Did you know that subwoofer placement has something in common with real estate?
That's right—location, location, location! Where you place your subwoofer has a huge impact on the sound quality - and quantity.
One of the best methods for subwoofer placement is to start by placing the subwoofer in your primary listening position (where you'll be sitting most of the time to enjoy the movie or music). Queue up a tone generator app at 40Hz (scale up or down as needed), then move around the room, paying close attention to audible problem areas around the floor-to-wall boundaries (the closer you are to where the wall meets the floor, the easier it is to identify problem areas – sometimes called the "Subwoofer Crawl").
What to listen for:
|Rattling from objects in the room
(fix the issue – dampen it, move it, or nail it down)
|Hot and null spots
(where the bass is either too loud or too soft)
|When bass response is optimal for your taste|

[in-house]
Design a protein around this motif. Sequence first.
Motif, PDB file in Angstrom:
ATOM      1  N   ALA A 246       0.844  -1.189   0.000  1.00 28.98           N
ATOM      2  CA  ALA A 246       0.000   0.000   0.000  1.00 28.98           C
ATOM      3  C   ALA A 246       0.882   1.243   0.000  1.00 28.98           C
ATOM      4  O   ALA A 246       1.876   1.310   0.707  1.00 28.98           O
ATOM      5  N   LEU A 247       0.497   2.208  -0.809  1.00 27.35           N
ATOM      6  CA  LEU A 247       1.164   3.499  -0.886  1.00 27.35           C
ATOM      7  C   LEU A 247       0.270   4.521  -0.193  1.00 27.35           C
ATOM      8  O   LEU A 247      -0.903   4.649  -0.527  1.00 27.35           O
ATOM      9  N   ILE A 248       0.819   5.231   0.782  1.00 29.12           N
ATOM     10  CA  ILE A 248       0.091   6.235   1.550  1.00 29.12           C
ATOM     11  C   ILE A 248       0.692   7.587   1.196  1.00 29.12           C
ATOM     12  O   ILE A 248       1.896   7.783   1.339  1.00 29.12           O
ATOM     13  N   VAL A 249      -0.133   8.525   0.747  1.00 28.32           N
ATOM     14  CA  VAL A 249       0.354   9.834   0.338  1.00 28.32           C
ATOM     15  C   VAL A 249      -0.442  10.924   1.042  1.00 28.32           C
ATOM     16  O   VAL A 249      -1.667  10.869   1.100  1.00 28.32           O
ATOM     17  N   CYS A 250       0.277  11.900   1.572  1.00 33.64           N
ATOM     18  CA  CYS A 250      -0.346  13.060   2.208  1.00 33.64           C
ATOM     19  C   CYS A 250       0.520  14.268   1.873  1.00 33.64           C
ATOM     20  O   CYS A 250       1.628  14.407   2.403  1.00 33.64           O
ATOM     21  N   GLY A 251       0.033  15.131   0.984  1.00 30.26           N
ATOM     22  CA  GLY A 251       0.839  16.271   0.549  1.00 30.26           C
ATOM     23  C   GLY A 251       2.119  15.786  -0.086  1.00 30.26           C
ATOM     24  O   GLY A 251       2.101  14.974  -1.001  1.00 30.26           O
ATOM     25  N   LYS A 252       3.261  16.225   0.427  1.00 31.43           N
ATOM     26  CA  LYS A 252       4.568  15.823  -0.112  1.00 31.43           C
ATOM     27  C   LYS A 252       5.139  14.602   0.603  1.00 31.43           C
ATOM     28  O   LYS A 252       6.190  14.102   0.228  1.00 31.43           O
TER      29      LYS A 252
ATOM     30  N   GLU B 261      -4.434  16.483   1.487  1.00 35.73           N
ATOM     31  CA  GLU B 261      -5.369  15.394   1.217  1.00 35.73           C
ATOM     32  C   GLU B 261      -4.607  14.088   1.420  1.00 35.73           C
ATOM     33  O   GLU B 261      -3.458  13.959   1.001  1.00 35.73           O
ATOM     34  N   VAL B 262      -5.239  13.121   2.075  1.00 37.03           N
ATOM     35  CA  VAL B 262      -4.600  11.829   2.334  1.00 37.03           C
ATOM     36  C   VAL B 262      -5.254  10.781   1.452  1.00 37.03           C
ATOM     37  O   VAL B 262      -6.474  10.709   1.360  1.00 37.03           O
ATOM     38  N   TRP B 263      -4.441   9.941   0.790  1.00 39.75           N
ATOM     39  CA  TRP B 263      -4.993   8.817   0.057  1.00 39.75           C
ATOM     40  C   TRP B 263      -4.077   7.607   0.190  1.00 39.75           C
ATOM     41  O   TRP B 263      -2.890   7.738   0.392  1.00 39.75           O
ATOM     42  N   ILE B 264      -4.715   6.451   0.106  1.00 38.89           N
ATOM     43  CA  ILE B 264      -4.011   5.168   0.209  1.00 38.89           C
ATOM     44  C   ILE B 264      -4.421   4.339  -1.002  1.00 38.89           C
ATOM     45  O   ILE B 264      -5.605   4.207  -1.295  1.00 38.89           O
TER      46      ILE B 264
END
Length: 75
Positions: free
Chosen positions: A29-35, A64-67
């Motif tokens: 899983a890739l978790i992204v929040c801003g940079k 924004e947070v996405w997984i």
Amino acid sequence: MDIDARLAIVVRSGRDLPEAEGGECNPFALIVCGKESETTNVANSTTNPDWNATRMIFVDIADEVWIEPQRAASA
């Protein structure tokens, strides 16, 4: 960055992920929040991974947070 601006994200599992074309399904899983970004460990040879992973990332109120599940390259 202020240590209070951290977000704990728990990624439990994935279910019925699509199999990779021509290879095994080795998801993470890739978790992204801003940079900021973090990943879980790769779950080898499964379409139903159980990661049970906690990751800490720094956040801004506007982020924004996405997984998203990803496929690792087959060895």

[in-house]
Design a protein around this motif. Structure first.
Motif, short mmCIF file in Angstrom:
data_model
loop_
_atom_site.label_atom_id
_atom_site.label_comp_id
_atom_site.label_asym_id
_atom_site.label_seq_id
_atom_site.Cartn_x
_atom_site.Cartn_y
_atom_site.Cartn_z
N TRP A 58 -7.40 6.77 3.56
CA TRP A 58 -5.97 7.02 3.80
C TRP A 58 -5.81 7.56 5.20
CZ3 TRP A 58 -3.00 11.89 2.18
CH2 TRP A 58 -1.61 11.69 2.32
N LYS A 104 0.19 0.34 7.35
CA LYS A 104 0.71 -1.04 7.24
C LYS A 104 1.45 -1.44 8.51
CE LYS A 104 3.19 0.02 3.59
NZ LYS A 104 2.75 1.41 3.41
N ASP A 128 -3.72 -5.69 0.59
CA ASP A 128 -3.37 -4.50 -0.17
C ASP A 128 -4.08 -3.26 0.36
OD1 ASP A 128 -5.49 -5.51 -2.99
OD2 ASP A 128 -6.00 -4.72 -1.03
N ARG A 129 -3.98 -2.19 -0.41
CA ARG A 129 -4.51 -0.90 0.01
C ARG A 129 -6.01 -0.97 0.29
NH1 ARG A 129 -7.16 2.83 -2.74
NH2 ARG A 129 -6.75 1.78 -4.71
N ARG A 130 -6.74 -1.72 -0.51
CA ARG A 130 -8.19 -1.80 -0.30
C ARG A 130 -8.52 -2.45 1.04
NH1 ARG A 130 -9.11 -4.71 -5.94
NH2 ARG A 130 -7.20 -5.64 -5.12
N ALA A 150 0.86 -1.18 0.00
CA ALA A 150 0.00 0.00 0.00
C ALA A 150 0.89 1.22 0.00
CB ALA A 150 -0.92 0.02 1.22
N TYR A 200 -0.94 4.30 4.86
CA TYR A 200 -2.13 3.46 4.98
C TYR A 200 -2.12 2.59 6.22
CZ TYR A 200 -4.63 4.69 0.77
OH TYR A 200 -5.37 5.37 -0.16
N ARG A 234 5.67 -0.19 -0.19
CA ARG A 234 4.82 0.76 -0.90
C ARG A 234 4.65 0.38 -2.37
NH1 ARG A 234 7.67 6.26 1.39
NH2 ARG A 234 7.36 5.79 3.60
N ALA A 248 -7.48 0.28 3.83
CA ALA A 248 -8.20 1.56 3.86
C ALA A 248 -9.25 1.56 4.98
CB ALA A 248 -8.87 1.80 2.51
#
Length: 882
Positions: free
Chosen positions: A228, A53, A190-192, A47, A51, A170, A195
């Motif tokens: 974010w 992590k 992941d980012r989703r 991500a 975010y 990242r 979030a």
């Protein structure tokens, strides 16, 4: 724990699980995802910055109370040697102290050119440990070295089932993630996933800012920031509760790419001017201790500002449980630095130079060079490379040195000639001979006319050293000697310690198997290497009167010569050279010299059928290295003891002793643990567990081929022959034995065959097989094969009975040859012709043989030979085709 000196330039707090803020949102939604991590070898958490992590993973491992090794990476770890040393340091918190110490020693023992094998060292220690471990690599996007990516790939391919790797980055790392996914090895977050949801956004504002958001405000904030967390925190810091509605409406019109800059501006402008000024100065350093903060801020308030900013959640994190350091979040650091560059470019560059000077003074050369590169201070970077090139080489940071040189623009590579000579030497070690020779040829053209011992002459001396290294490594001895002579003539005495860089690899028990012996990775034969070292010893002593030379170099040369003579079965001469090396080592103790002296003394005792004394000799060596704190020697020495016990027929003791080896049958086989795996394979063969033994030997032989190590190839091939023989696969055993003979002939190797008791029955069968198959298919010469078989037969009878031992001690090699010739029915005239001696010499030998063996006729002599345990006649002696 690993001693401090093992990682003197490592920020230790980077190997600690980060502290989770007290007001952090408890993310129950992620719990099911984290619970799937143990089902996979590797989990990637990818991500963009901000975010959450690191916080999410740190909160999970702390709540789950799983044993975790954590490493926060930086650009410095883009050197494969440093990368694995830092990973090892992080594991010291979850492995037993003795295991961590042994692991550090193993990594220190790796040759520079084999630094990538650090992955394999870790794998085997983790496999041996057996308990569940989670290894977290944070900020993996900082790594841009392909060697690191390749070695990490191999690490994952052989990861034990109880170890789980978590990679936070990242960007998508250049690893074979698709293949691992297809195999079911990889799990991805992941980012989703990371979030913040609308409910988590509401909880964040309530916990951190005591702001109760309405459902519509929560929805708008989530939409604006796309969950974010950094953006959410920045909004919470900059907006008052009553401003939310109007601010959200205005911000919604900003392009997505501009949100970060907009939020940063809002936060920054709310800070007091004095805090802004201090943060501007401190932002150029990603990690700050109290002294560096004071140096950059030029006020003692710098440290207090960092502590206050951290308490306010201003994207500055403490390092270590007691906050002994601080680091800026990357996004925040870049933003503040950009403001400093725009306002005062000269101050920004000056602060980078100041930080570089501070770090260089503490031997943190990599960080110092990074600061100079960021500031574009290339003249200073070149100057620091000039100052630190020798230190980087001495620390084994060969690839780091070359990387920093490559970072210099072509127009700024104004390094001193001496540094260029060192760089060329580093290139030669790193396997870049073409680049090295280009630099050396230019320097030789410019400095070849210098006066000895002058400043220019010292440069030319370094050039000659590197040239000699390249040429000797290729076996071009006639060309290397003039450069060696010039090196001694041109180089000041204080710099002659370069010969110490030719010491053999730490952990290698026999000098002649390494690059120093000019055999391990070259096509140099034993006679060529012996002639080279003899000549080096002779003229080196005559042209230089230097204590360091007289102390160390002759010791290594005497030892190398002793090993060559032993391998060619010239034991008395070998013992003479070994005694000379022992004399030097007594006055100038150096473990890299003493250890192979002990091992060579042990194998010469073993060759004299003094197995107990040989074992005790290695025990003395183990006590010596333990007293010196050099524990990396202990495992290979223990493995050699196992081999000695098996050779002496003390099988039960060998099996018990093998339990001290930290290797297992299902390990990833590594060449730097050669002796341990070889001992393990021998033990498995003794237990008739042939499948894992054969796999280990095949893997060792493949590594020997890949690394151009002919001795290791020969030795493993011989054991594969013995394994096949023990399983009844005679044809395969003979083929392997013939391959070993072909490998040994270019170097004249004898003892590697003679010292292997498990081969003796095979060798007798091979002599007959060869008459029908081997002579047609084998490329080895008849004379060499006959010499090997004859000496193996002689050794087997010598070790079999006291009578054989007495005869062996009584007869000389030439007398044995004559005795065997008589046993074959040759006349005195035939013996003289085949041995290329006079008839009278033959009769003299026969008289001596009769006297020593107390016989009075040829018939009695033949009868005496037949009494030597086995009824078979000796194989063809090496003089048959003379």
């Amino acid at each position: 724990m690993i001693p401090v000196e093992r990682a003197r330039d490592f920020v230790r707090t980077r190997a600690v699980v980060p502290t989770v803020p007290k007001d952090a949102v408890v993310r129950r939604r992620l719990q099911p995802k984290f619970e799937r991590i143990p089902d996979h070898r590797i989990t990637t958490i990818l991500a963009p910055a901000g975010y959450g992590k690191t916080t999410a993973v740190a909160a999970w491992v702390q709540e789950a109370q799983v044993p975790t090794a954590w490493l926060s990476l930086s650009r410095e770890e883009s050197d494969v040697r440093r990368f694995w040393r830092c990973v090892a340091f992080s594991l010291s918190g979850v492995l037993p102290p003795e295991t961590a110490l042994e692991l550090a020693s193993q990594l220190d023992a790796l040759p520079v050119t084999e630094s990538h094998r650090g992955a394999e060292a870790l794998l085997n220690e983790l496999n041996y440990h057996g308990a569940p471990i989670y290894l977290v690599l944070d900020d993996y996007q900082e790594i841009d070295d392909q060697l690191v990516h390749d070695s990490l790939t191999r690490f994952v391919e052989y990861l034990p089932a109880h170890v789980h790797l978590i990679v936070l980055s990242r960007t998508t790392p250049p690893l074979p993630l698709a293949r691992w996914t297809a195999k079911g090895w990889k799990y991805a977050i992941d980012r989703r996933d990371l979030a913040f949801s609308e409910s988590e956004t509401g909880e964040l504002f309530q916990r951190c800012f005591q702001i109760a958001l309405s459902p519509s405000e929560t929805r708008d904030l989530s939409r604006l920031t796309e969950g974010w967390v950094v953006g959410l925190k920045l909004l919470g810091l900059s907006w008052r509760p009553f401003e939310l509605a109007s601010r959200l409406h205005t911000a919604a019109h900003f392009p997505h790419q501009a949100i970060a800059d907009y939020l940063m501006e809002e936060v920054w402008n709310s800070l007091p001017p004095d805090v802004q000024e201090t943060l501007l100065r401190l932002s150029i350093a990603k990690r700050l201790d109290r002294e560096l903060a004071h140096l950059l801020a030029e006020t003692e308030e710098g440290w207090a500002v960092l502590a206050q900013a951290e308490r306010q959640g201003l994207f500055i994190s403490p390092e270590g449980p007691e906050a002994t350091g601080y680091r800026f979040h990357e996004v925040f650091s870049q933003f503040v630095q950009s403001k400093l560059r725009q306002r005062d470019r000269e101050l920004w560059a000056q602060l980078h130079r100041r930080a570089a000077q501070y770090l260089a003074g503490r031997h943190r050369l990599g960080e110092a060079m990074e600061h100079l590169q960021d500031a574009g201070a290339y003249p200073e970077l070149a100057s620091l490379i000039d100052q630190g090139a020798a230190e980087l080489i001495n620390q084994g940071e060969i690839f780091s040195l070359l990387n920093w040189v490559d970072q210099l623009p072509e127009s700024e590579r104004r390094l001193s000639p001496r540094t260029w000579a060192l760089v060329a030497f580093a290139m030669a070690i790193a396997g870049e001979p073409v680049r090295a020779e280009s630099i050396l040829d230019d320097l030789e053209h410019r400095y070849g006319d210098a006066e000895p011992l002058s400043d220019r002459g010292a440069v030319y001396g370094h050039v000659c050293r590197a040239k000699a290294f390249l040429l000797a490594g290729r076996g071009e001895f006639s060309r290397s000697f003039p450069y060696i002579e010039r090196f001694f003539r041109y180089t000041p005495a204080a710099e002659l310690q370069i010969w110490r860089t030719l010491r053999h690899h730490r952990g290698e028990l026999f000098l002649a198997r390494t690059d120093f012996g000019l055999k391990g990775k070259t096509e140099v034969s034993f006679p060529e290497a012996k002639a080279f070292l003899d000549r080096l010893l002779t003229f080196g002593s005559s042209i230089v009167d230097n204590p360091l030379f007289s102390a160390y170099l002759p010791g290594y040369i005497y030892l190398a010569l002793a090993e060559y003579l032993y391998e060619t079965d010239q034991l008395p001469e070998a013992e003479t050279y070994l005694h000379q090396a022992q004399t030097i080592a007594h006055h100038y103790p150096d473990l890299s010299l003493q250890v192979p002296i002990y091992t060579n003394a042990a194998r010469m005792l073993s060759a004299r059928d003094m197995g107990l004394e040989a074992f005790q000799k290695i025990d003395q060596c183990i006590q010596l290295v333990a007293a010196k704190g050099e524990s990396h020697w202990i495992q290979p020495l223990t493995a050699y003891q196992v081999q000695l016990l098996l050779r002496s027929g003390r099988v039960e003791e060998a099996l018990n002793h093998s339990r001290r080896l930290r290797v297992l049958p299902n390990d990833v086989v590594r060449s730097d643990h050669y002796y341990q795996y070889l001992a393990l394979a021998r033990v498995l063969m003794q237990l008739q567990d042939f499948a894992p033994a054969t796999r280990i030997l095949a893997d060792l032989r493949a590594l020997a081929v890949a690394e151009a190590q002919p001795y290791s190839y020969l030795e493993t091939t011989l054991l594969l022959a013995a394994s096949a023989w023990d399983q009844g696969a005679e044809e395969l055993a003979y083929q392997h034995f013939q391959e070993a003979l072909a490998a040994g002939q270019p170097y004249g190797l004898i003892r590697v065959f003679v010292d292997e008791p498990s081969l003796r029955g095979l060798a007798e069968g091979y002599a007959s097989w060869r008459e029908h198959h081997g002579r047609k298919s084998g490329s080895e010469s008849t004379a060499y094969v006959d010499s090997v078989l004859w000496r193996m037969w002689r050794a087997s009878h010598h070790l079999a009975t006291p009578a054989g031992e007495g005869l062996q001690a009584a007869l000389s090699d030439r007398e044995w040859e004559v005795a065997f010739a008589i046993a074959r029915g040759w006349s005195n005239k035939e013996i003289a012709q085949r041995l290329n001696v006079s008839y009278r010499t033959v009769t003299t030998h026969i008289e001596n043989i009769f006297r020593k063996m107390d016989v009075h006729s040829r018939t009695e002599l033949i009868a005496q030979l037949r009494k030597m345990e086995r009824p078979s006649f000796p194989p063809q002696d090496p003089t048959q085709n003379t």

You're listening for the cleanest, most articulate, tightest bass response
Listen in various locations around the room and this will help to identify all of the subwoofer locations for best performance. Once you've identified the ideal locations, choose the most appropriate location based on room design and personal aesthetic preference. Then, move the sub to that location. This is known as the "law of inverses" and it has helped you identify the sweet spot for your sub. Frequency sweep tools can aide in this exercise as well, helping to pinpoint problem areas for placement.
Sunfire subwoofers have large and powerful magnets.
So remember to keep your sub at least two or three feet away from any computer, or any magnetic media. Keep in mind subwoofers can be heavy, assistance may be beneficial. Also, position the control panel so that it is not touching anything and is well ventilated. And, voila! You're ready to rock.
Q: Are two subs better than one?
A: Installing multiple subwoofers in your room will yield significantly better and smoother bass response across a wider listening area with an increase in dynamics and volume. So yes, two is always better than one.